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Energy Bill Support Scheme (EBSS) Payments (EBRS and EPG Schemes) through landlords / intermediaries

Do you pay your landlord for your energy supply?

Is electricity and gas included in the amount you pay for rent?

Any ‘intermediaries’ (the landlord as the middleman) who receives support from the EBSS, EBRS or EPG schemes must ensure that they pass on that benefit to end users (in most cases the tenant) in a way that is ‘just and reasonable’.

Answers to some of the more common questions on EBSS payments and how these should be passed on –

Relevant ‘Intermediaries’ are any individual or organisation that hold an electricity and / or gas contract and passed on the costs of the energy supplier under this contract to an end user of the energy supplied.

One example of an intermediary would be a landlord, where the tenant pays their energy cost as part of their rent.

This also covers intermediaries supplying a product or service where contractually a part of the price related directly to the cost of electricity and / or gas.

This includes, but is not limited to:

  • landlords
  • sublets
  • student accommodation managers
  • social housing providers
  • local authorities (for council housing)
  • site owners (for park homes)
  • site managers
  • marinas if using shore power (for boat homes)
  • combined heat and power operators
  • electric vehicle charging operators
  • other residential building managers

 

It is possible for intermediary to also be an end user. For example, a landlord who owns a block of flats and lives in one of them will be both an end user and intermediary to the tenants of the other flats.

Any person who falls under this definition must consider their obligations to pass on the benefits of the relevant schemes.

Intermediaries must pass on the discount regardless of how the end user pays for their energy use.

They can adjust the amount they pass on based on their charges to end users and must demonstrate to end users that this amount is just and reasonable. 

Intermediaries can take into account the extent to which they have increased their charges to end users as a result of the energy crisis. For example, if the intermediary has shielded its end users from the impact of increased energy prices it may be just and reasonable for it to retain some or all of the scheme benefit. 

The type of benefit that is passed on is dependent on the way the intermediary pays for their energy. 

Domestic contracts 

If the intermediary has a domestic contract with a supplier, they will receive the Energy price guarantee (EPG) and the Energy bill support scheme (EBSS)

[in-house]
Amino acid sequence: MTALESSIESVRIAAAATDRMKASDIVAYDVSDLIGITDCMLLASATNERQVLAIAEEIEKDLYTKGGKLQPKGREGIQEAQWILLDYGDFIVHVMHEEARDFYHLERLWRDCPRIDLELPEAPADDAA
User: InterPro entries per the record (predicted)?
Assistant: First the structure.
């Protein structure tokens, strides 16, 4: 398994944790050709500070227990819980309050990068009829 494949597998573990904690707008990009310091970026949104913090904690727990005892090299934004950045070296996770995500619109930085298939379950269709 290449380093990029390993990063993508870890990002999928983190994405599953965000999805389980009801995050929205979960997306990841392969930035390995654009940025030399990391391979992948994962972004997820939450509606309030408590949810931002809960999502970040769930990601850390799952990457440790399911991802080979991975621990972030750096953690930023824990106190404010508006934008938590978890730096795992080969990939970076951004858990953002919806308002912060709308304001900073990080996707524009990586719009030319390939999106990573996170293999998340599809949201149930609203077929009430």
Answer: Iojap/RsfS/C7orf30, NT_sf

They should pass this benefit onto their end users and ensure that any automatic tariffs (such as from a coin meter) are set in line with the EPG rates. If the landlord has protected their tenants from some of the energy price rises, they may be able to retain some of the benefit.  

Business contracts  

If the landlord has a business contract, they will not receive EBSS payment, but will receive the Energy Bill Relief Scheme (EBRS). In this case the end user will not get the EBSS payment but should have any benefit from the EBRS scheme passed onto them by their landlord/intermediary.  

Heat Networks 

It is the responsibility of the heat supplier to notify each of its consumers in writing that the heat supplier has been provided with a benefit under the EBRS. 

The notice must be given to consumers by the later of these two deadlines: 

  • 1st December 2022 
  • Within 30 days of the EBRS benefit being provided to the heat supplier. 

The Regulations require a heat supplier to provide either the full benefit it receives from the EBRS, or if less than the full benefit, a just and reasonable pass-through amount calculated in accordance with the Regulations 

The heat supplier must provide consumers with evidence showing what factors it has taken into account in determining that the pass-through amount was just and reasonable. The factors which a heat supplier can take into account are: 

  • the amount which the heat supplier paid for the energy which was subject to price reductions under the EBRS; 
  • any other costs which the heat supplier incurred in supplying heating and hot water during the period it benefits from the EBRS. This includes costs from distributional heat losses, efficiency of generation, operational, maintenance, and capital costs, and set-up and operation costs of effecting the EBRS pass-through; 

Any losses which the heat supplier has incurred as a result of the cost of purchasing energy exceeding the amount charged to consumers for the supply of heating and hot water during the period for which the scheme benefit was provided (the EBRS will apply to existing fixed price contracts that were agreed on or after 1 December 2021). For example, heat suppliers with ‘price promises’ to their consumers may have incurred losses from absorbing higher wholesale energy costs whilst holding prices for consumers down. A heat supplier can factor these losses into determining a pass-through amount.